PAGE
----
Malta's bat species are being monitored by a team of researchers at the University of Malta with the help of some innovative new methods.
The research from the University’s Conservation Biology Research Group has shed new light on the species of bats inhabiting the islands of Malta, their behaviour, and also set the ball rolling on new monitoring and conservation methods.
In their latest peer-reviewed publication in the journal Bioacoustics, conservation biologists Clare Mifsud and Adriana Vella, describe the presence, distribution and echolocation characteristics of six resident and one migratory bat species found on Malta.
The University said the research had seen the development of a new artificial intelligence tool to detect and identify Maltese bat species.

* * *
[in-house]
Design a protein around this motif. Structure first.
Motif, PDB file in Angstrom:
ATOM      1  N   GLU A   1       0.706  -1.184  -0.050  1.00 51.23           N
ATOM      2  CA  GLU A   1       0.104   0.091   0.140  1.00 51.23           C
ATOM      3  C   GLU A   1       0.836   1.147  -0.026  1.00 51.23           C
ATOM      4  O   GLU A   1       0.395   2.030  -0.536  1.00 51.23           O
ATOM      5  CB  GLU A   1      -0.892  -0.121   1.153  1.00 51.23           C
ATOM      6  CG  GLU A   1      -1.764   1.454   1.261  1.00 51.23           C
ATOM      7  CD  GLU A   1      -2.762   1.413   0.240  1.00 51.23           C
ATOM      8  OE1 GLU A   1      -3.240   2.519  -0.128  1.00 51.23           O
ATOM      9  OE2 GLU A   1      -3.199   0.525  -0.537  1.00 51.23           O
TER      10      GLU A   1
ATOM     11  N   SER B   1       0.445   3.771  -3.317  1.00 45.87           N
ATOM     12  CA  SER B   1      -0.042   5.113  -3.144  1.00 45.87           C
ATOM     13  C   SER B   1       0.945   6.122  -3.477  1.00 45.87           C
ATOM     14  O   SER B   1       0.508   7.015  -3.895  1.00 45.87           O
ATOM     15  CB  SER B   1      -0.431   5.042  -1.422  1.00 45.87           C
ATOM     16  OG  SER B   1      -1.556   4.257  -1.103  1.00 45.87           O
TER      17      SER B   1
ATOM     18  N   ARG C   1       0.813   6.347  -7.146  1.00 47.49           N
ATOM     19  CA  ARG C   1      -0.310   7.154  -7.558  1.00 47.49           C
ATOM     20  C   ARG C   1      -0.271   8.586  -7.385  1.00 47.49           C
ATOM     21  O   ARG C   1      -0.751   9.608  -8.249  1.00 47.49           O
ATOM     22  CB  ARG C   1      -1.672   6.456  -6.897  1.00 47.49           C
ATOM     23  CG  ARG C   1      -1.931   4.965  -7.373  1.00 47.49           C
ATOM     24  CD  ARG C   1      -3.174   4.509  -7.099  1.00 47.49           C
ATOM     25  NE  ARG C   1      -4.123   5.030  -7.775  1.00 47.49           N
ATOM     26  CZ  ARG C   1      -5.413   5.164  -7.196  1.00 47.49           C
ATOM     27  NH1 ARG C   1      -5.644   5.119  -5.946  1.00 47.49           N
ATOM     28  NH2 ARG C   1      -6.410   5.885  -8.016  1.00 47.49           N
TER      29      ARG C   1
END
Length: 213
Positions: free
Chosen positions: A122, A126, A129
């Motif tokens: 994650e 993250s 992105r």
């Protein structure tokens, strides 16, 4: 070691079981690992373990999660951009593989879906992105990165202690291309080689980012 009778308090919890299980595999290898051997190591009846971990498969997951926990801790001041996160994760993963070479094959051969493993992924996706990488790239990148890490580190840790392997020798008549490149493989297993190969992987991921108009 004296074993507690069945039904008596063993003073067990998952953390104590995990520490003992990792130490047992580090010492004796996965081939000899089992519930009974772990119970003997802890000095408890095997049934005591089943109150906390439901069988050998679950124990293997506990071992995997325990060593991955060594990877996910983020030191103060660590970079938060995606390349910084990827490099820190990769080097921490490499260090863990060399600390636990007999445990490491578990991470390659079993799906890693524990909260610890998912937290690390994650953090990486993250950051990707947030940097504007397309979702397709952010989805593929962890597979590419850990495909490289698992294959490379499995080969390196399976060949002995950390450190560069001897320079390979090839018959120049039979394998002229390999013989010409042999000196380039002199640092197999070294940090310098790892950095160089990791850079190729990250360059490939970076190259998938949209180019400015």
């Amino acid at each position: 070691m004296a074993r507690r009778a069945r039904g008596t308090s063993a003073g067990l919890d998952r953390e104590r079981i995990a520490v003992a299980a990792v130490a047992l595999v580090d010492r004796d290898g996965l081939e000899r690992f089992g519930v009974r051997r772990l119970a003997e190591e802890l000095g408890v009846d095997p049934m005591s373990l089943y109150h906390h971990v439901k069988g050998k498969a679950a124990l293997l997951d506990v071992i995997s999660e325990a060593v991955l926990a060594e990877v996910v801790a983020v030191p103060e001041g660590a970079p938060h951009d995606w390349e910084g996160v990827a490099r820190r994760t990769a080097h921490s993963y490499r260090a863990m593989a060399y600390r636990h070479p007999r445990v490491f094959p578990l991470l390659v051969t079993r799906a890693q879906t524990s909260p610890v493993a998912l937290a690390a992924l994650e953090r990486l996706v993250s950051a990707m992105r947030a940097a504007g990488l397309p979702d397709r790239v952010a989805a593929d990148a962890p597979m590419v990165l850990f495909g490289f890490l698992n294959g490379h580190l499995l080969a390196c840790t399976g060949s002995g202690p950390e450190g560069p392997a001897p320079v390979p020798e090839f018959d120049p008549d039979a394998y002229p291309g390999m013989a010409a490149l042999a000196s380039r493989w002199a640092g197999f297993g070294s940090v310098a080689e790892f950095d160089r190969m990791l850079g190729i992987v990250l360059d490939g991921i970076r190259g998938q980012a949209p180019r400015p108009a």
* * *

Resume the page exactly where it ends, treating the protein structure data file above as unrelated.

Bats, the University said, use echolocation to navigate and to find insect prey during the night. Different bat species also tend to have different echolocation signatures allowing researchers to discriminate between the different species.
The local research used what are known as artificial neural networks to allow automatic identification of bat species from their echolocation calls.
“The use of artificial neural networks allowed species identification to be objective, accurate and efficient”, a statement by the University read.
The University said the researchers had paved the way for improved future monitoring of Maltese bat species using non-invasive techniques.
The University said that ongoing research was looking into other important aspects linked to bat monitoring and foraging behaviour, and employed a number of hi-tech methods.
“Conservation biology may increasingly rely on innovative methods to accurately understand species needs and conditions so as to allow for best management of biodiversity and habitats,” the University said.
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